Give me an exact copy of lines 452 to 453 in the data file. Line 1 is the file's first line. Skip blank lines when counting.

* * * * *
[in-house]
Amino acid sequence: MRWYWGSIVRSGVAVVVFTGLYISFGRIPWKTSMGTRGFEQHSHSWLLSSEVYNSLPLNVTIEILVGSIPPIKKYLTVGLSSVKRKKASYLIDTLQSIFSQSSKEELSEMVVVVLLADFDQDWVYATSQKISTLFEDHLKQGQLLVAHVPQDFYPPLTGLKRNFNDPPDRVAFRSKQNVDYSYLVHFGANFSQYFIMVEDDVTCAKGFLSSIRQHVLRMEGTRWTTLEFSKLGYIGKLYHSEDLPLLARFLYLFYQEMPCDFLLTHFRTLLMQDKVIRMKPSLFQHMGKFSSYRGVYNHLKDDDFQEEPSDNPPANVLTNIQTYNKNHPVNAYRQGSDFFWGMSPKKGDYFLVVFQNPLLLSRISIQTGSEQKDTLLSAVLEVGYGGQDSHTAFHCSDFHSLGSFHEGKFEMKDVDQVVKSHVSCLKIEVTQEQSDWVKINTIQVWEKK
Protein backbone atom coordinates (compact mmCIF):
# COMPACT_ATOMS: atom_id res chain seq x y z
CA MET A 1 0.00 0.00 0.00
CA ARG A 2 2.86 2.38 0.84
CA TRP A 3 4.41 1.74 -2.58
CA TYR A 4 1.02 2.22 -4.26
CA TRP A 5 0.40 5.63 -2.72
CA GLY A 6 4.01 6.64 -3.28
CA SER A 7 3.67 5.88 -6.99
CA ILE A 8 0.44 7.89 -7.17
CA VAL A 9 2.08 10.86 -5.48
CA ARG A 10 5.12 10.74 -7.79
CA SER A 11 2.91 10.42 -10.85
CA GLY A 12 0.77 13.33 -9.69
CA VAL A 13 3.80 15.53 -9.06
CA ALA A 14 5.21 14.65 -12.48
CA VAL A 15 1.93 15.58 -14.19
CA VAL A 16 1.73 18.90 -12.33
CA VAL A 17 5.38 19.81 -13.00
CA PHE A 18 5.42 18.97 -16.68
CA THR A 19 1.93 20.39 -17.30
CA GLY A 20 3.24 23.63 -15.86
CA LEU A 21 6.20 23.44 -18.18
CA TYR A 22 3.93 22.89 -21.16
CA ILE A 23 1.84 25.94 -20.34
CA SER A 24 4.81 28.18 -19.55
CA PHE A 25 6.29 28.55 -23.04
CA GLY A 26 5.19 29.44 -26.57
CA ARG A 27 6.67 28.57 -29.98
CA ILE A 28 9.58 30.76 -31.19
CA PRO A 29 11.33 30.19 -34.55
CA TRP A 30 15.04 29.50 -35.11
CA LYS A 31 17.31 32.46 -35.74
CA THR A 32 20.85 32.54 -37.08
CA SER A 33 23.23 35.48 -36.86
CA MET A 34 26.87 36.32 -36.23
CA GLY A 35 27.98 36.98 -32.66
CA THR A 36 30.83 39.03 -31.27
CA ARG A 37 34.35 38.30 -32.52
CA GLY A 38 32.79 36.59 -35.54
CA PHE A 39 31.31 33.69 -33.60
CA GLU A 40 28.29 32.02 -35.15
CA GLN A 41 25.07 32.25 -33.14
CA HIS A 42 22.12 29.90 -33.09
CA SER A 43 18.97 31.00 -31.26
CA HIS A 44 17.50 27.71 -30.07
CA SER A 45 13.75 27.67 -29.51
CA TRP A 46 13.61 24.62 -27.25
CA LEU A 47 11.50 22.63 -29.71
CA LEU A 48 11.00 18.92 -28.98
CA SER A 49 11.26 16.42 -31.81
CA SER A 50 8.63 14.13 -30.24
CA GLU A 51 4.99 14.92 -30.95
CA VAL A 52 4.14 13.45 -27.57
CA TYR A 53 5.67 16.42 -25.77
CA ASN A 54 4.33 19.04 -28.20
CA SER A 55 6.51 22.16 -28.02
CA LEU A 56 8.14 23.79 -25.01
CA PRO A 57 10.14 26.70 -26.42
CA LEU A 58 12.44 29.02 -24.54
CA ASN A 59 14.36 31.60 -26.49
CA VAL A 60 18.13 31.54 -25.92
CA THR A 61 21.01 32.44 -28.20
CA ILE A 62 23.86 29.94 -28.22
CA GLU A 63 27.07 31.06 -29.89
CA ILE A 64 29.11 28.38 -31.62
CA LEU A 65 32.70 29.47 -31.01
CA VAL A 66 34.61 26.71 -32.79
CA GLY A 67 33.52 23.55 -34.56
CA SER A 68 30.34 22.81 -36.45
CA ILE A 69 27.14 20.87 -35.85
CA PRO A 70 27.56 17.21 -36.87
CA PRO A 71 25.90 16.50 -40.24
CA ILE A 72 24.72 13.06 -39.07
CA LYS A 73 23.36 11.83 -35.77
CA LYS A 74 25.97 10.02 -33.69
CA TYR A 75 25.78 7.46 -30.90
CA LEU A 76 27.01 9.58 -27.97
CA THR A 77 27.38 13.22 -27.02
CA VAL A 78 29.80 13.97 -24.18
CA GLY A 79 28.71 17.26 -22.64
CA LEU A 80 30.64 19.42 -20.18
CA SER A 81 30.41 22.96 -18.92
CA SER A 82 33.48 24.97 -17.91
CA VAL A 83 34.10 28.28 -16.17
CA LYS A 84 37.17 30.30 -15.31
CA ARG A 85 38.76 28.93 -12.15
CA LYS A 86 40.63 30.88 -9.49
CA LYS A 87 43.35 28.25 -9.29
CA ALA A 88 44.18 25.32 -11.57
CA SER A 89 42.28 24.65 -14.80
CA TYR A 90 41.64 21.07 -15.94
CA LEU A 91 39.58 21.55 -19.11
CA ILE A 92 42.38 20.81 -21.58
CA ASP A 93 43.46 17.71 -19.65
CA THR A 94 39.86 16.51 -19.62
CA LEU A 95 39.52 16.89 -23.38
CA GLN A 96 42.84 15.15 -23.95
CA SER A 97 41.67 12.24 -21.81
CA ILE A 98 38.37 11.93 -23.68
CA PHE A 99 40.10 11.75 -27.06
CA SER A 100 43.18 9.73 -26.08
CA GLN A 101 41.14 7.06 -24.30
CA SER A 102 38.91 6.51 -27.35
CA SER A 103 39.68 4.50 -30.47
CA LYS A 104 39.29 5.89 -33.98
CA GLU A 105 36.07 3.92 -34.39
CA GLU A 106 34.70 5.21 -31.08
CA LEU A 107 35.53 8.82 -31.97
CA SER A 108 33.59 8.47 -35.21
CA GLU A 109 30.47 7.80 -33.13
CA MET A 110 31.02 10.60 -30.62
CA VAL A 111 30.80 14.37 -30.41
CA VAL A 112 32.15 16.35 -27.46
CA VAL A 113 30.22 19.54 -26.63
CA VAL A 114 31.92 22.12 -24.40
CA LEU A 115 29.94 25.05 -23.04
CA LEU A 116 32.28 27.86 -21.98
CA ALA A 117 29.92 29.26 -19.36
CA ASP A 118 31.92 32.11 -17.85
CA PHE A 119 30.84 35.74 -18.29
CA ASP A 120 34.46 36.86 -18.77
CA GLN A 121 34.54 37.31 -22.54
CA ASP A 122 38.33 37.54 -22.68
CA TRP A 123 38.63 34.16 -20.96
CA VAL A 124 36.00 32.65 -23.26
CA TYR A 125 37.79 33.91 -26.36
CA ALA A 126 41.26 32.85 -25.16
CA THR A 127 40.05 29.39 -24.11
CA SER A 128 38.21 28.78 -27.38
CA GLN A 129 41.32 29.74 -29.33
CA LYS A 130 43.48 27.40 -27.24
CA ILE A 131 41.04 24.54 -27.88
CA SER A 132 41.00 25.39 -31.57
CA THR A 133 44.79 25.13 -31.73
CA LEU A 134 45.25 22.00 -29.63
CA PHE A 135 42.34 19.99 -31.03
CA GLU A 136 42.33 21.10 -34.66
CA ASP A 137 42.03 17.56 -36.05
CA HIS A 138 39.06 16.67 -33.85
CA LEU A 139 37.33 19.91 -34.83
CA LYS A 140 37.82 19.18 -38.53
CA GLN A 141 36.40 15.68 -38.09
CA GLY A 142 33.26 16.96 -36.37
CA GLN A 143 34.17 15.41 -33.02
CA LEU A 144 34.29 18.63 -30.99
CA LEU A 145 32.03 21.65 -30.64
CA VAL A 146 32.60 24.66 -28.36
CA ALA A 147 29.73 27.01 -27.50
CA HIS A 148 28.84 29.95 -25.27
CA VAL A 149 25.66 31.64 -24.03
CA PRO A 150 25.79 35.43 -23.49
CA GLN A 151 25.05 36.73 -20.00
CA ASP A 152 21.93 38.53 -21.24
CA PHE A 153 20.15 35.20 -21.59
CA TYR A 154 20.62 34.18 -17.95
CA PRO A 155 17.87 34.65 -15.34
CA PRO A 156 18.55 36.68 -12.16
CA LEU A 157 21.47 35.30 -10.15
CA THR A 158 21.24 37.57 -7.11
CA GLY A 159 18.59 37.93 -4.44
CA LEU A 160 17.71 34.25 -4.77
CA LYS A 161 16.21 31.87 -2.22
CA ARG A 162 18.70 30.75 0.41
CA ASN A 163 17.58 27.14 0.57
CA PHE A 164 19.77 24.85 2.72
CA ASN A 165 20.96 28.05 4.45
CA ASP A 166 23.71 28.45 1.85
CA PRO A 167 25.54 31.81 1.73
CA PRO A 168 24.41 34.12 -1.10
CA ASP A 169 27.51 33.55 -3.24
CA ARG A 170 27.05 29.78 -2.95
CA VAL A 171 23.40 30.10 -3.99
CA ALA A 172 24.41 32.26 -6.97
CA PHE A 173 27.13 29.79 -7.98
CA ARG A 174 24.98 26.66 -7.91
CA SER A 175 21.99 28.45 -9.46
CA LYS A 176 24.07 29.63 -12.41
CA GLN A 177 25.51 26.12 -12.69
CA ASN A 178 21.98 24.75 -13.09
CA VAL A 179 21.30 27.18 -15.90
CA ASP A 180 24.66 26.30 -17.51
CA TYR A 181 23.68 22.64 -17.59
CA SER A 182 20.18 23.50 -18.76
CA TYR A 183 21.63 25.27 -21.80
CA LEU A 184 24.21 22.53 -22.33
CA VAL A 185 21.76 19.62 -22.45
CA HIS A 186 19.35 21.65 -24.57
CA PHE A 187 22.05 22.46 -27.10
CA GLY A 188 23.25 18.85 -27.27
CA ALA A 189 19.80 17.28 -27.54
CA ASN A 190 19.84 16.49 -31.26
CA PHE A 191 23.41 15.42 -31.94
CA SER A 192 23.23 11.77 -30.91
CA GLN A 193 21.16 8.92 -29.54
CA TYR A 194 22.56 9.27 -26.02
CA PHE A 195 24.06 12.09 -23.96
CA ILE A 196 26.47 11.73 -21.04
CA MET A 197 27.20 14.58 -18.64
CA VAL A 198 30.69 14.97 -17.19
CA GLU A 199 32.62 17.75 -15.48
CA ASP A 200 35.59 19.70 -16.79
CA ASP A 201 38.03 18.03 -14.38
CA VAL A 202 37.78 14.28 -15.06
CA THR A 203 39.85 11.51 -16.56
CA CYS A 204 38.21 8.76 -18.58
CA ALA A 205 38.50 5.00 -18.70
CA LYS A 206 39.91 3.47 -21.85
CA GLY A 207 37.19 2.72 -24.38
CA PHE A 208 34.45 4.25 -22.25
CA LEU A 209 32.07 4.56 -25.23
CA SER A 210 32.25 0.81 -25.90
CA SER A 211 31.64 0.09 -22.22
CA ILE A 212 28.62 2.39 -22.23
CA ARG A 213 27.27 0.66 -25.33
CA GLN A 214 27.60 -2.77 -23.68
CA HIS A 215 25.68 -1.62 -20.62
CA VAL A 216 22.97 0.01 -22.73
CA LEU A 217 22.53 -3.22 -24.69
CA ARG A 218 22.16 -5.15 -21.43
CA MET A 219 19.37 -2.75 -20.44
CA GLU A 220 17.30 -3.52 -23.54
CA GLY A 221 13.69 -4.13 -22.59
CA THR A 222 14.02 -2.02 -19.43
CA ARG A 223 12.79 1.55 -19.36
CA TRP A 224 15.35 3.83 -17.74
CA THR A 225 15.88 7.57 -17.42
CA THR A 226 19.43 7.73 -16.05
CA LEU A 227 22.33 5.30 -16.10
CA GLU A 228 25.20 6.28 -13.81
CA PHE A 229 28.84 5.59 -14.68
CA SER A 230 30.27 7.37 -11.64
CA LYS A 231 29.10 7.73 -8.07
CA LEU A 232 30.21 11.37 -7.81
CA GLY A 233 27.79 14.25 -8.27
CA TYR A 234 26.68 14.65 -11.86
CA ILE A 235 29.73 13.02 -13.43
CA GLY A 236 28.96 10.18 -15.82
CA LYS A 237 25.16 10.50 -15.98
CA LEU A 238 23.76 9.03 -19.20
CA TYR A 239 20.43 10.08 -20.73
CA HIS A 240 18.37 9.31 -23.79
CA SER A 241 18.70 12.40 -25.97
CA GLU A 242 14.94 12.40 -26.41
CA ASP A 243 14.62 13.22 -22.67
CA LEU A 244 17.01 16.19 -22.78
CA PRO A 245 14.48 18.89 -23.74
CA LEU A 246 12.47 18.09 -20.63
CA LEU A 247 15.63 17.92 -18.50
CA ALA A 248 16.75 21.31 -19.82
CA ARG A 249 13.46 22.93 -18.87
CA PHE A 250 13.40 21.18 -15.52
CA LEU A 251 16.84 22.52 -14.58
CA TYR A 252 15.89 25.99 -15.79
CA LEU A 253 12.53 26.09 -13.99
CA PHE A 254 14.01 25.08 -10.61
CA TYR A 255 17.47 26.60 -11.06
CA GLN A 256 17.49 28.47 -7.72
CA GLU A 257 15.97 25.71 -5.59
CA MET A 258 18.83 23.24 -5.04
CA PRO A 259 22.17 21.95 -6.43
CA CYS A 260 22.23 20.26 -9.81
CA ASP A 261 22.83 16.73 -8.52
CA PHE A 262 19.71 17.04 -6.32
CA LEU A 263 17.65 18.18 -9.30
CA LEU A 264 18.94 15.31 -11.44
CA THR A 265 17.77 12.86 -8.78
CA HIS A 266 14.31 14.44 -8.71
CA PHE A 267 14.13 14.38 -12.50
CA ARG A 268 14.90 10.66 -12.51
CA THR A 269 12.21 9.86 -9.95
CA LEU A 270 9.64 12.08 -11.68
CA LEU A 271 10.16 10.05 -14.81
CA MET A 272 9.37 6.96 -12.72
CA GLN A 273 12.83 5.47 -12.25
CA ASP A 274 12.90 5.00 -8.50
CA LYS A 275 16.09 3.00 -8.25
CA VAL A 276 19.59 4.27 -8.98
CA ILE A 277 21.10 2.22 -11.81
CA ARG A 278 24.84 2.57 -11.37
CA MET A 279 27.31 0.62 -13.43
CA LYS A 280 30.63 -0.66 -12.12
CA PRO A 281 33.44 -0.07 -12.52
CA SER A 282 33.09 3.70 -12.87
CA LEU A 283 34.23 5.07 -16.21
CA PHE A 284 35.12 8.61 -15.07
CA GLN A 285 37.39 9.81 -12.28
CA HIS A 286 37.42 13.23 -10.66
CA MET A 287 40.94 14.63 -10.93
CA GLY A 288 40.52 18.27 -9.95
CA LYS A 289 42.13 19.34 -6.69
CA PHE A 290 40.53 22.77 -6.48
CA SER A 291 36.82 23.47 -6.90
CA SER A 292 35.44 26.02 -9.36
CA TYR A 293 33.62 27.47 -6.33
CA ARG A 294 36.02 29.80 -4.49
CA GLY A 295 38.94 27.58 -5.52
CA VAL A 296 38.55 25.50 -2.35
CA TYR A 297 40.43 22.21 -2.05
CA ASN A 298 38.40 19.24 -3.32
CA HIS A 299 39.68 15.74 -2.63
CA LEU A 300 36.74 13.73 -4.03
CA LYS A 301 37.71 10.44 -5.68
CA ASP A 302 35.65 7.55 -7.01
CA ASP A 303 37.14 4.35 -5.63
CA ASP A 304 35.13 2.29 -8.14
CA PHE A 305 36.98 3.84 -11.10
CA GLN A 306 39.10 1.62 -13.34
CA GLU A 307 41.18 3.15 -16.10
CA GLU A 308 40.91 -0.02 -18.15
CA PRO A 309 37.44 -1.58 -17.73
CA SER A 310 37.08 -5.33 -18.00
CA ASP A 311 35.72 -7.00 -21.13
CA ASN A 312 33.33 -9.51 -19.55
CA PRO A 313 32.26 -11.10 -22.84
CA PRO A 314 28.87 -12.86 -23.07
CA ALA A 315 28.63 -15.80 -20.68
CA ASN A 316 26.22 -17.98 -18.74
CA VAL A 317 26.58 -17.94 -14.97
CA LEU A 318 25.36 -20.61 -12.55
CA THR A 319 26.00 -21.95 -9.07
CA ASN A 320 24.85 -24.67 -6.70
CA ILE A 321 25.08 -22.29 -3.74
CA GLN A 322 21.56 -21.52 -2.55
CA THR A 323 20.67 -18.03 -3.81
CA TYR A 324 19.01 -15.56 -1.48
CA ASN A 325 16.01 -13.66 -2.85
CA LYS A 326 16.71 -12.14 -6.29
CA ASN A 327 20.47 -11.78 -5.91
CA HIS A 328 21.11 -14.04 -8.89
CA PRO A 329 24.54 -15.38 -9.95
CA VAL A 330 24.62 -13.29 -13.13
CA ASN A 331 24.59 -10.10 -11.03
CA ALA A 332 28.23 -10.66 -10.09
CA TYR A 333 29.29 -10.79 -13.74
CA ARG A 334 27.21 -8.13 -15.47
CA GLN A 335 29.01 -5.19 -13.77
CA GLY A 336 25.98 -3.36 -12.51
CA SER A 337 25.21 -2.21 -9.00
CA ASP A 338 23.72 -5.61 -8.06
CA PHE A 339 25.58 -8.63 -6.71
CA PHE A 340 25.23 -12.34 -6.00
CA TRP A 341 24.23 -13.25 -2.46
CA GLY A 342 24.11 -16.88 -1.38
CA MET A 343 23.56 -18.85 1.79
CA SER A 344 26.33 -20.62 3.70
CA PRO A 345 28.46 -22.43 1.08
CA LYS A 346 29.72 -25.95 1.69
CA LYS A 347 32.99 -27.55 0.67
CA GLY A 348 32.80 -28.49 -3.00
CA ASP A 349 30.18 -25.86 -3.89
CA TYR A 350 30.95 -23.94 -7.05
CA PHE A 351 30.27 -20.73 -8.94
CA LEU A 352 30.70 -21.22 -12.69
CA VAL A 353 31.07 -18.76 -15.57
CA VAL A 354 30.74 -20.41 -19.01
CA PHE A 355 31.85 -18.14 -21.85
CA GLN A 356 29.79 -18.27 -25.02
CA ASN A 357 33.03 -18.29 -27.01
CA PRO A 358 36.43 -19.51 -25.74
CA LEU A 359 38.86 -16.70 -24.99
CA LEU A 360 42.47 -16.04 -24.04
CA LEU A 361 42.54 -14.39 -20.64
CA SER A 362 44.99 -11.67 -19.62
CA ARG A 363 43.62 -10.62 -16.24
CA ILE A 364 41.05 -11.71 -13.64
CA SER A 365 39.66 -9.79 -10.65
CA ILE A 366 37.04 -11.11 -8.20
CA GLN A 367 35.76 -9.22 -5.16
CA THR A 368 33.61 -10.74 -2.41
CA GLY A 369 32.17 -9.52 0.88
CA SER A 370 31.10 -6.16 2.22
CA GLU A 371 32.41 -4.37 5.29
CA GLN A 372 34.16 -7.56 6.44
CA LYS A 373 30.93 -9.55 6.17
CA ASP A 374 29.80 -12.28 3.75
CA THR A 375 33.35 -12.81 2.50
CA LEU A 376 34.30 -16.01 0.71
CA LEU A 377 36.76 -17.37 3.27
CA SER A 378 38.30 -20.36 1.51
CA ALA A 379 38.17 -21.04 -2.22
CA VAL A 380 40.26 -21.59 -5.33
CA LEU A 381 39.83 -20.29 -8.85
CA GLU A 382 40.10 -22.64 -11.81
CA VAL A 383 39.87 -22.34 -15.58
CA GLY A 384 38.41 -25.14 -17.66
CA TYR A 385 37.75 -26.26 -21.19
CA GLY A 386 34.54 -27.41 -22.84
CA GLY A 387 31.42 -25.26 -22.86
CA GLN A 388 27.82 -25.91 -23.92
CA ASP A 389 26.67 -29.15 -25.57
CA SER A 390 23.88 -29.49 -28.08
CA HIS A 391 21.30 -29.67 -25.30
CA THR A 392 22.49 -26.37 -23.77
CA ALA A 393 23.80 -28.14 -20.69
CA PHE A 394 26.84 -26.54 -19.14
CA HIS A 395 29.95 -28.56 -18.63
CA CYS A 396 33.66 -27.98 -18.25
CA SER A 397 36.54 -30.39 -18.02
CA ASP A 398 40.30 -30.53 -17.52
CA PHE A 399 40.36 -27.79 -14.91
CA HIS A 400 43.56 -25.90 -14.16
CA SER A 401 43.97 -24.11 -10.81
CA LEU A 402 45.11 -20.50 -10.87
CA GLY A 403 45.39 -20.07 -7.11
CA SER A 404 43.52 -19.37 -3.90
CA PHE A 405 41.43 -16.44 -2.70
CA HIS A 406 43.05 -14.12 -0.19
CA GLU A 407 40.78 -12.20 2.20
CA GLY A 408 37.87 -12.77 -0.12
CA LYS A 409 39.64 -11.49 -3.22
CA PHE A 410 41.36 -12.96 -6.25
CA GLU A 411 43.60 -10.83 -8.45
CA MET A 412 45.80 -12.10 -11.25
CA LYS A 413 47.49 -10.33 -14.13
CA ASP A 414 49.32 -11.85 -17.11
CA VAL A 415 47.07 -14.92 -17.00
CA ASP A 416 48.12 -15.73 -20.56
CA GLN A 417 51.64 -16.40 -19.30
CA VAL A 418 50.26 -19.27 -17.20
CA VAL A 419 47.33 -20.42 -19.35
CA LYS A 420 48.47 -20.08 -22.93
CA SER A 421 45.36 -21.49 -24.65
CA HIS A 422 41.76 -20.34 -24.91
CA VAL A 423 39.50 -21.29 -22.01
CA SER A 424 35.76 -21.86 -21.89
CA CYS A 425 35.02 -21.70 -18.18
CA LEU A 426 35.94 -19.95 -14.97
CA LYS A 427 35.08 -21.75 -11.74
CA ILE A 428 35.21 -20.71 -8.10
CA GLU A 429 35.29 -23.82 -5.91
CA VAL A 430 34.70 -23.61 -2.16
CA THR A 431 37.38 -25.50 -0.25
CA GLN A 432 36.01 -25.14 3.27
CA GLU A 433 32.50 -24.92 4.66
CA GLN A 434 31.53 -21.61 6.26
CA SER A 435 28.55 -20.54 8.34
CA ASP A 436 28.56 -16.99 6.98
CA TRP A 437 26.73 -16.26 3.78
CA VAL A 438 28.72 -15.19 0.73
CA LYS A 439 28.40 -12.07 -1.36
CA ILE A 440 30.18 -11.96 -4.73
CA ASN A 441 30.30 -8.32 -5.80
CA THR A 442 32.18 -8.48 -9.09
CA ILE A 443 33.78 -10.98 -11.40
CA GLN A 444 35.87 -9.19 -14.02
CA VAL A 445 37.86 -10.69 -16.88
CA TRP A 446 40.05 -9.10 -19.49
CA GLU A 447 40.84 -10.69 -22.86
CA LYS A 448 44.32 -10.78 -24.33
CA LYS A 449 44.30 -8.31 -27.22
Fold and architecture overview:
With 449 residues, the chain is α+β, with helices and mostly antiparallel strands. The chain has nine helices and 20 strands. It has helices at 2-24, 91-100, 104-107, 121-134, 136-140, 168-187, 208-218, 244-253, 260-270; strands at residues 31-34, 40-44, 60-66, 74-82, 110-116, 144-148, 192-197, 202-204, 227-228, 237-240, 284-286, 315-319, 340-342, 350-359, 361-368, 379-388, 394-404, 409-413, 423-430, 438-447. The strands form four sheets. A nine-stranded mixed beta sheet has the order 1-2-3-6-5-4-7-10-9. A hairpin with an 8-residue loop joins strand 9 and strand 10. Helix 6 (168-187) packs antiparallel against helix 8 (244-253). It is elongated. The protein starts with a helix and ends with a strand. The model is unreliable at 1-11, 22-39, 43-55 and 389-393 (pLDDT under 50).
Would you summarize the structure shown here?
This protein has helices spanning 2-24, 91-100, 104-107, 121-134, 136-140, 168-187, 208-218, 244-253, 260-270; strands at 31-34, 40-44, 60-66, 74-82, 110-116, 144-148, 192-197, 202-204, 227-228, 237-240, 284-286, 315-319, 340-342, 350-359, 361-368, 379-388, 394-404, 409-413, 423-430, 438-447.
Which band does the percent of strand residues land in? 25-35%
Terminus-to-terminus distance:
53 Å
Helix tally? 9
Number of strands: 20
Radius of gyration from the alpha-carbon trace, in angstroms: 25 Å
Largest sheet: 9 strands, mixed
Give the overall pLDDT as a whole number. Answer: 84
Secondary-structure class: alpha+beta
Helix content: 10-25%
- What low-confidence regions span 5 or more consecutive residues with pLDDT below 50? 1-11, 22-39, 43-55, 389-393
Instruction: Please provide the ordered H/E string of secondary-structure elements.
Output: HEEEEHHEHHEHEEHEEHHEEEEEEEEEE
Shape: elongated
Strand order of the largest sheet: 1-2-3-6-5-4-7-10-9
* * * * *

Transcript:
CA LYS A 448 44.32 -10.78 -24.33
CA LYS A 449 44.30 -8.31 -27.22